This article compares the cases of the three small, stateless, city-regional nations of Scotland, Catalonia, and the Basque Country in the period after September 2014. Since the referendum on Scottish independence, these nations have, depending on their unique contexts, engaged differently in democratic and deliberative experimentation on the “right to decide” their futures beyond being referential (pluri)nation(al)-states in the UK or Spain. Most recently, the Brexit referendum has triggered a deeper debate on how regional and political demands by these nations could rescale the fixed (pluri)nation(al)-states’ structures while even directly advocating for some sort of “Europeanization.” Based on a broader research programme on comparing city-regional cases titled Benchmarking City-Regions, this paper argues that the differences in each of these three cases are noteworthy. Yet, even more substantial are their diverse means of accommodating smart devolutionary strategic pathways of self-determination through political innovation processes among pervasive metropolitanization responses to a growing “post-national urbanity” pattern in the European Union. Ultimately, this paper aims to benchmark how Scotland, Catalonia, and the Basque Country are strategically moving forward beyond their referential (pluri)nation(al)-states in such a new European geopolitical pattern that can be called “post-national urbanity” by formulating devolution, and even independence, in unique metropolitan terms.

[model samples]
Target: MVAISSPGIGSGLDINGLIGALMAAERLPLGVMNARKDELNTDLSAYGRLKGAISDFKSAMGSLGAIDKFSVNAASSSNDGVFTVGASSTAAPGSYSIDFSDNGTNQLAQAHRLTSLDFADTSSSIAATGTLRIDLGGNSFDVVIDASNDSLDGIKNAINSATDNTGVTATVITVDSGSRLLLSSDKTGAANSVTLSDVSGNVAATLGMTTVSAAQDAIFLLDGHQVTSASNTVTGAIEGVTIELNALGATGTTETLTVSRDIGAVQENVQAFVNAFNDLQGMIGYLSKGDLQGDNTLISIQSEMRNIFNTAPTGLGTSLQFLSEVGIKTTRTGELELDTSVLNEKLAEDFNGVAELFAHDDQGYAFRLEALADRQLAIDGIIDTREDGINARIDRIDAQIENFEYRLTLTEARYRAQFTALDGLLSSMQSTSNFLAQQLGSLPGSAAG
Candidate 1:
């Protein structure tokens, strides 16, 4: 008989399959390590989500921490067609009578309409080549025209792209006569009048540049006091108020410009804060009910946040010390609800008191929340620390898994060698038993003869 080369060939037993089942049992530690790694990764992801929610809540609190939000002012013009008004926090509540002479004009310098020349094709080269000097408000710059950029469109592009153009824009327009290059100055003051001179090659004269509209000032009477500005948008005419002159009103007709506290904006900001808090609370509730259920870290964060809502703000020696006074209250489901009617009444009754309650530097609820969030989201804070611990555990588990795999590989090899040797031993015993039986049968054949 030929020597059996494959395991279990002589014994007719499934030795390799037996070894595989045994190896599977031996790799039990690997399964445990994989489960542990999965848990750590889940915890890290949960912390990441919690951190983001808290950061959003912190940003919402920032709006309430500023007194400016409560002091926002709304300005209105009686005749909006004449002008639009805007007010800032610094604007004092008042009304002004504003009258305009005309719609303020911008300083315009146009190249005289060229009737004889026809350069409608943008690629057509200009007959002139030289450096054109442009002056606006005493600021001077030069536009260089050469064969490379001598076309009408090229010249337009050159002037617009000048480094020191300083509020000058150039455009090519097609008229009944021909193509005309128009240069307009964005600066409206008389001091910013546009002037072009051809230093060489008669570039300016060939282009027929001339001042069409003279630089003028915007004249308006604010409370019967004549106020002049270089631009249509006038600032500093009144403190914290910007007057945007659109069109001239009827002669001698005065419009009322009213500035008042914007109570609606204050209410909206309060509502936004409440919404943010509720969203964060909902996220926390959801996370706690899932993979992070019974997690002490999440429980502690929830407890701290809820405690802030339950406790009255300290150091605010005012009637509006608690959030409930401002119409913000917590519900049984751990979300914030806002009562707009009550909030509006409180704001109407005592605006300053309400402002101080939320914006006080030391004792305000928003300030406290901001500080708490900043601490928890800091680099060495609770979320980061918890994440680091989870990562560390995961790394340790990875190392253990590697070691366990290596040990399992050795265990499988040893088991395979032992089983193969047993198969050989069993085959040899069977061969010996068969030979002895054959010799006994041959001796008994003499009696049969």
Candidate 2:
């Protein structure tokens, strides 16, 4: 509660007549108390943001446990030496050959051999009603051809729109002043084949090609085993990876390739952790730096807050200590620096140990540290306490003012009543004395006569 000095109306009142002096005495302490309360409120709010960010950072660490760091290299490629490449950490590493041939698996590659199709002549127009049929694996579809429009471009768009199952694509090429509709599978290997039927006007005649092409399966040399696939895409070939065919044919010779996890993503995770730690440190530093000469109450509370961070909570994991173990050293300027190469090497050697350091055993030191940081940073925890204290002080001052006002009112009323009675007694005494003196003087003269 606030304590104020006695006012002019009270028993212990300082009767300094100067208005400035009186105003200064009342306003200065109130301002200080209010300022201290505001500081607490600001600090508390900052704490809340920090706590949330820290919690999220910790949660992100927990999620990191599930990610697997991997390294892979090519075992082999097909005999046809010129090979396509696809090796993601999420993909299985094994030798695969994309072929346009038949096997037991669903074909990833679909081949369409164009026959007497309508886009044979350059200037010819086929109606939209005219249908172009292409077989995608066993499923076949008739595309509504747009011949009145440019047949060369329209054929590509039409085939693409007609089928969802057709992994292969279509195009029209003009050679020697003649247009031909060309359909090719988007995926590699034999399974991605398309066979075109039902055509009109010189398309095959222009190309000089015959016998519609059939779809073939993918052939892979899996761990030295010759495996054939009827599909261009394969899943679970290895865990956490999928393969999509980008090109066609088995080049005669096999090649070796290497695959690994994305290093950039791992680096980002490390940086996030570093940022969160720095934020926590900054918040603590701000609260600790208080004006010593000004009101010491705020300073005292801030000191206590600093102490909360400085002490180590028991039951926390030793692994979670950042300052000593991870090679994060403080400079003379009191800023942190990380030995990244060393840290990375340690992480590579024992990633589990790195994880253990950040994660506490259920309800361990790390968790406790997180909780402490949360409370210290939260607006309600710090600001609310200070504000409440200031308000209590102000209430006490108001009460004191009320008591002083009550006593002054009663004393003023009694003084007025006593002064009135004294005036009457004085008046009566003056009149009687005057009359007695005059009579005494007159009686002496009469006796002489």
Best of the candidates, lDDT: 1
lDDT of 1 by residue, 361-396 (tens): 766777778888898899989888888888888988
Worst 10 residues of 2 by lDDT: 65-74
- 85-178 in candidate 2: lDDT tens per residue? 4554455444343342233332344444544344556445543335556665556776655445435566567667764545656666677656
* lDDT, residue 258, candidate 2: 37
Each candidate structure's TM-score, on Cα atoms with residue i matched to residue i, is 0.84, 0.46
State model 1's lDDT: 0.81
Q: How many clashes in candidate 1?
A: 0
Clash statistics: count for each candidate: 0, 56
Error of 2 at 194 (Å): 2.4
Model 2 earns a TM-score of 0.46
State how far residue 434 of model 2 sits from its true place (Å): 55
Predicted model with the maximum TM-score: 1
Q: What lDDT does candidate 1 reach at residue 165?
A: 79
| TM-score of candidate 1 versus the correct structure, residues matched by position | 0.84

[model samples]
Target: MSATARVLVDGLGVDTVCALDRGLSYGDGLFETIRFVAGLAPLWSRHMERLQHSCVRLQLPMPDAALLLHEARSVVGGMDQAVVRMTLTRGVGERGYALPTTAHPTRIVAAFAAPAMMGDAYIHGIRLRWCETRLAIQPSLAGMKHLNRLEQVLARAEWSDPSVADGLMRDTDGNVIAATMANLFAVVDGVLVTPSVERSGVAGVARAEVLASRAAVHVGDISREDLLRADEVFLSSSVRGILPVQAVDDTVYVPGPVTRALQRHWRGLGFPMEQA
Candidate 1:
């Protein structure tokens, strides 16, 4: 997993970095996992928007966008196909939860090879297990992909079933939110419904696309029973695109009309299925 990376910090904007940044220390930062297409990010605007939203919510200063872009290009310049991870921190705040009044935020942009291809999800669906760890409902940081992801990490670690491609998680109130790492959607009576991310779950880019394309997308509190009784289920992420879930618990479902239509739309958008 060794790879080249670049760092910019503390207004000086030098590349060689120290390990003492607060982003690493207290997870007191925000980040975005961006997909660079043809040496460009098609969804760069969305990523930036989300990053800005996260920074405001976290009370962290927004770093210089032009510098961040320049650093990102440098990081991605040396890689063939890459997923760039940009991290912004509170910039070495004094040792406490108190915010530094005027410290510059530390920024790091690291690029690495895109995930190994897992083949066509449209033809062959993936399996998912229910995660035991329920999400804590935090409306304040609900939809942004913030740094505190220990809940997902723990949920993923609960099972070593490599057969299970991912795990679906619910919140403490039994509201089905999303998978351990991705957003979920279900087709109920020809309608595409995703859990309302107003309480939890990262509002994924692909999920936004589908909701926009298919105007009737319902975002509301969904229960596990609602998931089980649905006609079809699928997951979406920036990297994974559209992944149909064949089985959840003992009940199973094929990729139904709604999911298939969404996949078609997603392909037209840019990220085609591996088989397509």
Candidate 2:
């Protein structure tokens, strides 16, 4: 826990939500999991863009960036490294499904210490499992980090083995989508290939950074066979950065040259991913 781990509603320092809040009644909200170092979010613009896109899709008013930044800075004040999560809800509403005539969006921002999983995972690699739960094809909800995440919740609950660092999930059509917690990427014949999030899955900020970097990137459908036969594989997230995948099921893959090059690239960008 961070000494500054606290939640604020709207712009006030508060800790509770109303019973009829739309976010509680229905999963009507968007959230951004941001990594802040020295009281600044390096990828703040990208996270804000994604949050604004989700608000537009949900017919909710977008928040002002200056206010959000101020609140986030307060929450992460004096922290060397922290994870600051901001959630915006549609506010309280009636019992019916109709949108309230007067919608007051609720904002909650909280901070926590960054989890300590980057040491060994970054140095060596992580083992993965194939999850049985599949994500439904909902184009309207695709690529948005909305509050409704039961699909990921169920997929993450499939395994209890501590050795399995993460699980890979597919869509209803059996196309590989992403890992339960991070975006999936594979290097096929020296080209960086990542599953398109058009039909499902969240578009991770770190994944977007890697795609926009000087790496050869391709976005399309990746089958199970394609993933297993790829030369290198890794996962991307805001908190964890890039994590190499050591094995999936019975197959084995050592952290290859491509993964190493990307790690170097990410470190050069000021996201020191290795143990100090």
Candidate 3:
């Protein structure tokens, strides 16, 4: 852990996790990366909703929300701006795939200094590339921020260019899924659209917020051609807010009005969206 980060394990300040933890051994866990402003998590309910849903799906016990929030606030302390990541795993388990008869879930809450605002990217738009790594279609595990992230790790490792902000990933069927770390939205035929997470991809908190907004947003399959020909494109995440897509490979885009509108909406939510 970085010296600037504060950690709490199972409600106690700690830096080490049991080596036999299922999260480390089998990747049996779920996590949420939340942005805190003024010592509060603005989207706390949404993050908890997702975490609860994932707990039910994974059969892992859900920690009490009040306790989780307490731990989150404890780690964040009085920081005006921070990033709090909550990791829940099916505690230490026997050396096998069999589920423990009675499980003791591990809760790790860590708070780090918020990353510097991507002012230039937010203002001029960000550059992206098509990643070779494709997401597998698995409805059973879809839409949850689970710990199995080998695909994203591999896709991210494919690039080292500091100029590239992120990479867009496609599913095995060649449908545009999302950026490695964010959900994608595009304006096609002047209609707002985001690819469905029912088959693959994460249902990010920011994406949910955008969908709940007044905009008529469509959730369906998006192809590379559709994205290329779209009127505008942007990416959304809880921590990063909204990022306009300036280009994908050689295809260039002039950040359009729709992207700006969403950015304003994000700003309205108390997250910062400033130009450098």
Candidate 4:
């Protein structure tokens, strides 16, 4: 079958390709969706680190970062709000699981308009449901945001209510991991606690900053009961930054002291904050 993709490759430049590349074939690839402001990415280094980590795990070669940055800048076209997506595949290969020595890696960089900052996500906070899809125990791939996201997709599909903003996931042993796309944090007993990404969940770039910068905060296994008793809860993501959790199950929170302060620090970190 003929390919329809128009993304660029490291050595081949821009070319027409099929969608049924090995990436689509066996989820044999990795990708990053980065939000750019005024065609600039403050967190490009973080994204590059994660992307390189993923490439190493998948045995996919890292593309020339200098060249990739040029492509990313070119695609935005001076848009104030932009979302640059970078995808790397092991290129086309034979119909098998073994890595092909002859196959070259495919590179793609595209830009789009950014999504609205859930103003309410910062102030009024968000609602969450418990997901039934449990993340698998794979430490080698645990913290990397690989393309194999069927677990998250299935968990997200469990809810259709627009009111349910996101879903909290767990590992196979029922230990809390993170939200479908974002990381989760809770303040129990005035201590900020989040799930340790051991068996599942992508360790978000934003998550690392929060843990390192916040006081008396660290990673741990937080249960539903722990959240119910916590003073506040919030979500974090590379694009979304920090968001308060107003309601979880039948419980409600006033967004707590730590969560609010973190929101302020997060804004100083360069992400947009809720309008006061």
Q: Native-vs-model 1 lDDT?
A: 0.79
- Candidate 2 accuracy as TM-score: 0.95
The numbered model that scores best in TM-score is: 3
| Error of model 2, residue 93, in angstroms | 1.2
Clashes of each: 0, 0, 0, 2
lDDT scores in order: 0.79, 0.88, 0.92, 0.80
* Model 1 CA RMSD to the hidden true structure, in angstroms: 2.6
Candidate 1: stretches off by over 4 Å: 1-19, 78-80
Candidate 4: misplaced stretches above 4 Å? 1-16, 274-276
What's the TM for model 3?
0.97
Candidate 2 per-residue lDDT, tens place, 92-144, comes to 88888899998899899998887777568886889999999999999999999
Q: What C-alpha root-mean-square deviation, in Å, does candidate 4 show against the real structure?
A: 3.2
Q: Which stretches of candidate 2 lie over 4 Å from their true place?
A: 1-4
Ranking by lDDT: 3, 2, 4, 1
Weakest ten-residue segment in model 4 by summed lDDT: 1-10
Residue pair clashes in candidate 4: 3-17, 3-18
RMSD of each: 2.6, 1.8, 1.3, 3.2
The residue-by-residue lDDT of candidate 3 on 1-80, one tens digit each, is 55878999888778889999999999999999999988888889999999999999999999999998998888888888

Calzada, I. (2017), Metropolitan and Post-national Urbanity Beyond (Pluri)Nation(al)-States in the EU: Benchmarking Scotland, Catalonia and the Basque Country, JEMIE Journal on Ethnopolitics and Minorty Issues in Europe 16(1): 51-78 (ISSN: 1617-5247).